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By Mr. Rapid Eye Monday
It was exactly a week before my 21st birthday when I found out that I’m never going to be able to leave my parents’ house, get an apartment in Manila and work for a Fortune 100 company, or visit the Grand Canyon in the United States, or have kids of my own, or get health [...]
Four hundred thirty-one HIV cases—the highest number of cases reported in a month this year. The Department of Health announced that number and that claim only in June. But a month later, that figure would be breached with 449 new cases, a record high that didn’t last long. In October, the number climbed to 491, a new benchmark that’s about 66 percent higher than the 295 cases reported in the same month last year.
By Joshua J. Suico
Cancer. It is a sickness generally considered as afflicting only old or middle-aged people. Of course, this is not true; a lot of cancer patients are children, adolescents, and young adults. As for myself, I knew that cancer can strike anyone at any age, but I never gave a thought to it ever happening to me. That’s why when it came in the middle of my march toward the future, my initial response was of utmost disbelief.
By David Benton
When we are ill and we take some medicine, each of us probably has the same mixed feelings of relief and hope that it will make us feel better. Most of us usually get our medicines from somewhere reliable, someone we trust: a pharmacy, a doctor or a nurse. No matter where we get it, the hope is always the same—that it will work and improve our condition. We rarely think that it might not actually work because the pill is fake.
By Solita Collas-Monsod
My first choice as subject matter for this column was the Supreme Court’s decision on the Priority Development Assistance Fund. It was announced to the media late Tuesday afternoon, so there was plenty of time for me to read it myself, together with any separate concurring opinions before writing.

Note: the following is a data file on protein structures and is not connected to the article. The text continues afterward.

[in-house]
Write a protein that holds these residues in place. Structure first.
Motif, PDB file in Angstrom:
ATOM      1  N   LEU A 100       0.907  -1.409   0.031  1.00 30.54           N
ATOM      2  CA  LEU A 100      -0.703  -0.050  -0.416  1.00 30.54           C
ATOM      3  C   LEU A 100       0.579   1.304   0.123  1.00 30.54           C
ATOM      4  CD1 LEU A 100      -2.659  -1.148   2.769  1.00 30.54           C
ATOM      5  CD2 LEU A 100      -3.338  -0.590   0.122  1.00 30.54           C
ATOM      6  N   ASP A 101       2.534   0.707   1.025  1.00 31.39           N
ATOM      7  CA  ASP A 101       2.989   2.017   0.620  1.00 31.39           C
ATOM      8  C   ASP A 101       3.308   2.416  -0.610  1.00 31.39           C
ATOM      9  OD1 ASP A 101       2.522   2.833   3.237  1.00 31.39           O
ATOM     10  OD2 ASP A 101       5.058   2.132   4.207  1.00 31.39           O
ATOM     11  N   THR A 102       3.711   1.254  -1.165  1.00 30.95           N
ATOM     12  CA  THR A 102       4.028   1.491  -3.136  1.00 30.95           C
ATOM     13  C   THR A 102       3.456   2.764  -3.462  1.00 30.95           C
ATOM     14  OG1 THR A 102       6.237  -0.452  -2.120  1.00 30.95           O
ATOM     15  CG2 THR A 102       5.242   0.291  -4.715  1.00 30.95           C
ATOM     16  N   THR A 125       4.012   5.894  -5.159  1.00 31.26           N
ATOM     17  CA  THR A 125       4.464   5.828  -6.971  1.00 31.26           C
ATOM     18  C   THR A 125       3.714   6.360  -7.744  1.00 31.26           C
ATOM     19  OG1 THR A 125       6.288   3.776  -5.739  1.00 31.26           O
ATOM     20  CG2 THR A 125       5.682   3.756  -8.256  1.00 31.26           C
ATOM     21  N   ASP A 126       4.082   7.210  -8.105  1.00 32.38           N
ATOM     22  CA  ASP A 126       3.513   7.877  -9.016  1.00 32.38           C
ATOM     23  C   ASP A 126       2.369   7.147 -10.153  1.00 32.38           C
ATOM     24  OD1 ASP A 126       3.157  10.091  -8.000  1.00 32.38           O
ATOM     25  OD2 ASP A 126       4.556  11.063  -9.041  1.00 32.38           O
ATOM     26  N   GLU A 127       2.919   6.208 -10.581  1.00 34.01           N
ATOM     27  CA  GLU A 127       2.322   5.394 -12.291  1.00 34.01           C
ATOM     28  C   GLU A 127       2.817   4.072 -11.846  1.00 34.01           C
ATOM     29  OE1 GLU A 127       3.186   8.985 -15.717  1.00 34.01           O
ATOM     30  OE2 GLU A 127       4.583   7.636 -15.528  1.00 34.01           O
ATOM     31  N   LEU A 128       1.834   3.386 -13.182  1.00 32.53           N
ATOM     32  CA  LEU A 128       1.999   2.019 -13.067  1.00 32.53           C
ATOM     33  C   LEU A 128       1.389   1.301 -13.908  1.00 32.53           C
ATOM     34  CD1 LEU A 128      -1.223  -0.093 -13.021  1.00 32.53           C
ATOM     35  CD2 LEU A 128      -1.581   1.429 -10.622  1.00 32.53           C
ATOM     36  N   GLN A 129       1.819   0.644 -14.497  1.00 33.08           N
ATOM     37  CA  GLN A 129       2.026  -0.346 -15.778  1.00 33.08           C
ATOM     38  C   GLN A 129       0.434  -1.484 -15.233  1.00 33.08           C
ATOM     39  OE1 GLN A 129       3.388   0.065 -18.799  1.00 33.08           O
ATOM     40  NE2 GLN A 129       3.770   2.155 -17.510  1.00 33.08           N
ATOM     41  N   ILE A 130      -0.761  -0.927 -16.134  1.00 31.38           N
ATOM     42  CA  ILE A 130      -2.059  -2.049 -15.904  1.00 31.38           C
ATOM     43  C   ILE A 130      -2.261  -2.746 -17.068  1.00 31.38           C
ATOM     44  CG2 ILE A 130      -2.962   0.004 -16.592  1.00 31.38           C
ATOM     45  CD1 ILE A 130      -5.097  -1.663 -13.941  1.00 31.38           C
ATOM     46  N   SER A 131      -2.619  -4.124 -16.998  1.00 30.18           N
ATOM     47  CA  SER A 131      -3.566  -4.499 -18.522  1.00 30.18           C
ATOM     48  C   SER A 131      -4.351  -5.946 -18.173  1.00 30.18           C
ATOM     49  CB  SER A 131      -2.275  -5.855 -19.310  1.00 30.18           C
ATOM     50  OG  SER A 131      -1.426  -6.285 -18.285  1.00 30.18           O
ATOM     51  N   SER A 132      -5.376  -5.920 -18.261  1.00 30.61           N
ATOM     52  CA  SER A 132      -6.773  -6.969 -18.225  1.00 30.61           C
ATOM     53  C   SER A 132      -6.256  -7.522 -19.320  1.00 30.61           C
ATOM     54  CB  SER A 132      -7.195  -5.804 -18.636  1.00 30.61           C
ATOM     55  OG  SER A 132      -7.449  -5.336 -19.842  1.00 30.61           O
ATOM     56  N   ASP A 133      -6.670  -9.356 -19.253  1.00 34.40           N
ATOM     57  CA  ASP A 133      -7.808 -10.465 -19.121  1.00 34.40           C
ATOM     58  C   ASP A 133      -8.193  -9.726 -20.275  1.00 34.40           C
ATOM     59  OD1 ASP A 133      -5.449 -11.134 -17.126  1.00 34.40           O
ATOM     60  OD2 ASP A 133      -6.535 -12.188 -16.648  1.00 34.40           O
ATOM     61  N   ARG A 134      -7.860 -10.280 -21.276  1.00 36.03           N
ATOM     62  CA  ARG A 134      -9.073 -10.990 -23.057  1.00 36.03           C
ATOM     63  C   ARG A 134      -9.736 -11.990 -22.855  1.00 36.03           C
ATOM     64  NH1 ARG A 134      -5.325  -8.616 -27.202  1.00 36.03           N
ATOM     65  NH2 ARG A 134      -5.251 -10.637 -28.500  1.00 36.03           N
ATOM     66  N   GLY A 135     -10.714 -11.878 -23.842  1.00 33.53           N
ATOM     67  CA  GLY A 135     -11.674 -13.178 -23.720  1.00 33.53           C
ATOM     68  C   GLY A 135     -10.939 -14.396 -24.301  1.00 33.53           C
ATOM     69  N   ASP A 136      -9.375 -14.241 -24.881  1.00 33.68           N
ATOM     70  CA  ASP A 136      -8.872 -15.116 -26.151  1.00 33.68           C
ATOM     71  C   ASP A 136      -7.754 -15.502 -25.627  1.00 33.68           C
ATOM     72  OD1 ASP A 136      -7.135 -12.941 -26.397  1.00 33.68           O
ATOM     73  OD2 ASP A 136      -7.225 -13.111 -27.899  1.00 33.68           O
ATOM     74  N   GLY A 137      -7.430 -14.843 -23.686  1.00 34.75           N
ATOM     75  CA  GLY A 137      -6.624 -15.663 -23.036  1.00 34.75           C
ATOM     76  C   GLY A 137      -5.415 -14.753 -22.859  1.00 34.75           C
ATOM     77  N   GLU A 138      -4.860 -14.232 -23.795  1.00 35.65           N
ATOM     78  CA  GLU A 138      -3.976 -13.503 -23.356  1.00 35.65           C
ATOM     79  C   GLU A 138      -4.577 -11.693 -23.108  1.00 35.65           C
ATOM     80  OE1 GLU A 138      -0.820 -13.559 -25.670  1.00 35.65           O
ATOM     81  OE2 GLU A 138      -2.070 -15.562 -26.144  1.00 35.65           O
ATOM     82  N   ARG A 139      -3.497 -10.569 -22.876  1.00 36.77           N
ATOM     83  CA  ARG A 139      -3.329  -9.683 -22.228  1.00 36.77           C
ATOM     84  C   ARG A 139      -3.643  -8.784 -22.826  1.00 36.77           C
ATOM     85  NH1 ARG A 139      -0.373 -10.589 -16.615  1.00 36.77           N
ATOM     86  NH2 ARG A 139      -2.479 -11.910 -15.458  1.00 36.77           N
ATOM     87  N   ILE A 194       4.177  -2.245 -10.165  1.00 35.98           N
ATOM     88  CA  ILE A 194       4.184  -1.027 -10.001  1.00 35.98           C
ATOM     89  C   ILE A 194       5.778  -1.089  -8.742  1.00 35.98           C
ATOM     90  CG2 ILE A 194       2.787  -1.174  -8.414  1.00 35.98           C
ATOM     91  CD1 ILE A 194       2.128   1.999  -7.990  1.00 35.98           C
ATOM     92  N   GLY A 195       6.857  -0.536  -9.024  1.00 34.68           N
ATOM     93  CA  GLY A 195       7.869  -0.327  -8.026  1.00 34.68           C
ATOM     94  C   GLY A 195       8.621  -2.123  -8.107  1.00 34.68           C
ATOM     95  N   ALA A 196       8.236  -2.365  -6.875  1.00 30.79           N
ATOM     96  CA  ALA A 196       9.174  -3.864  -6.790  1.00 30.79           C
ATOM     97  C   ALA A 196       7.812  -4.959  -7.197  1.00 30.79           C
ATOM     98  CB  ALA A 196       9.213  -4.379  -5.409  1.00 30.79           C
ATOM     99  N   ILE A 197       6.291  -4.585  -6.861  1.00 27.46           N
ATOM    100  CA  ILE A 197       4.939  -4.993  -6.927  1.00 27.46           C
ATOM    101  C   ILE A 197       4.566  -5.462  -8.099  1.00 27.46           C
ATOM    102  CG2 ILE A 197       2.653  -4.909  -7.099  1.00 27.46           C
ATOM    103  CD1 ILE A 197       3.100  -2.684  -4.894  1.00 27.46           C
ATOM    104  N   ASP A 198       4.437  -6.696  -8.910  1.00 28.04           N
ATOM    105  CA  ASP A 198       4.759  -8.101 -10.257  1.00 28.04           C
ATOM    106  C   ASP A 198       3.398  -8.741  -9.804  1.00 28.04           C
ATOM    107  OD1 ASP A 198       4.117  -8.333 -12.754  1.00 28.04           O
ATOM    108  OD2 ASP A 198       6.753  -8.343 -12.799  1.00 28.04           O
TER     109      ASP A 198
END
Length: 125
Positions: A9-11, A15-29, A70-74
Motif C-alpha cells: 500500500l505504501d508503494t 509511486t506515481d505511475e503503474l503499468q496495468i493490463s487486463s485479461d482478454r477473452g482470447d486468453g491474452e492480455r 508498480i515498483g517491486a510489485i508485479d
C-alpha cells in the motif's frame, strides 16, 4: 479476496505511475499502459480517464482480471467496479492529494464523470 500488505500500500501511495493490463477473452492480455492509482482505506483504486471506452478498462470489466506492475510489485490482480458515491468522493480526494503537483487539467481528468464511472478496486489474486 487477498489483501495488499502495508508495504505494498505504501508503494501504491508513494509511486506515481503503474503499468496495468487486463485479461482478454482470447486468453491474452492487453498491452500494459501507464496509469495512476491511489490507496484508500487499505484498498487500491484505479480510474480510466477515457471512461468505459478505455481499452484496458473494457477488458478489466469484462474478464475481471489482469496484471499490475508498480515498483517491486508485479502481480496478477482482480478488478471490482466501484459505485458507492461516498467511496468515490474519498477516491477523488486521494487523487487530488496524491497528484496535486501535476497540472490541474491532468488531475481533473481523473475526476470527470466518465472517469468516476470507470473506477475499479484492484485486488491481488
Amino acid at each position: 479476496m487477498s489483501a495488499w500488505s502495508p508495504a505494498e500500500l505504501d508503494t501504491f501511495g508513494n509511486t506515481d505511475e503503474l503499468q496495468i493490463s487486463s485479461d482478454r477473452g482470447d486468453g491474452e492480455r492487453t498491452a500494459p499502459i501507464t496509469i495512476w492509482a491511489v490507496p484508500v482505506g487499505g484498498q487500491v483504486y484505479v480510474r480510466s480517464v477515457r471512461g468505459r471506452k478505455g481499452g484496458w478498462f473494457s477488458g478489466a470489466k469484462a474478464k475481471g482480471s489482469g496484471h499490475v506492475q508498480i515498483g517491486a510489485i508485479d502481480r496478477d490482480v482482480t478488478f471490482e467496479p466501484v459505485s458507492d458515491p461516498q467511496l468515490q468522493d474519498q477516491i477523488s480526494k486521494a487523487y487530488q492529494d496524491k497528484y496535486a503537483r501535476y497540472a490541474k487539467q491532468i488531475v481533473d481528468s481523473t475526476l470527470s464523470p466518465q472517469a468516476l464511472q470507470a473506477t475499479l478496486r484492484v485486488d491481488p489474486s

Now that food, water, clothing and other relief goods are moving to Tacloban City and other areas in the Visayas hard-hit by Supertyphoon “Yolanda,” another front in the campaign to help the survivors of the tragedy has opened with the recent deployment by the Department of Health of a 55-member team of psychologists.
By Jaifred Christian F. Lopez
It was the start of a legend, one that speaks of how 72 newly minted doctors, initially apprehensive to carry out a campaign for better health in the countryside, eventually became its staunch crusaders. It is a legend that speaks of how a common experience of serving as rural health physicians turned these medical graduates into forces to be reckoned with.
By Michael L. Tan
A recent report in the South China Morning Post, a Hong Kong newspaper, caught my eye. It was about “disciplined services staff” asking that their retirement age be raised from the current 55 to 60.
By Leonardo L. Leonidas
Ideally, all physicians should use evidence-based practice to get the best outcome, or less complications, for the prescriptions they give or procedures they administer, or not.
The importance of the issue of the beginning of human life was clearly put forward by professor emeritus of human embryology of the University of Arizona School of Medicine, Dr. C. Ward Kischer: “Since 1973, when Roe vs. Wade was adjudicated, there have been many socio-legal issues involving the human embryo.
We, Alliance of Health Workers members in different hospitals, oppose the plan of Mayor Joseph Estrada to close some city hospitals in Manila, “to lower government expenses and save money.”
By Erica Pauline Sta. Cruz
I went to the PCMC (Philippine Children’s Medical Center) because my brother had a scheduled checkup. It was a Tuesday morning in June. My dad told me to come with them in case there would be time for him to still go to work, and I could keep my mom company. After all, I have no Tuesday classes.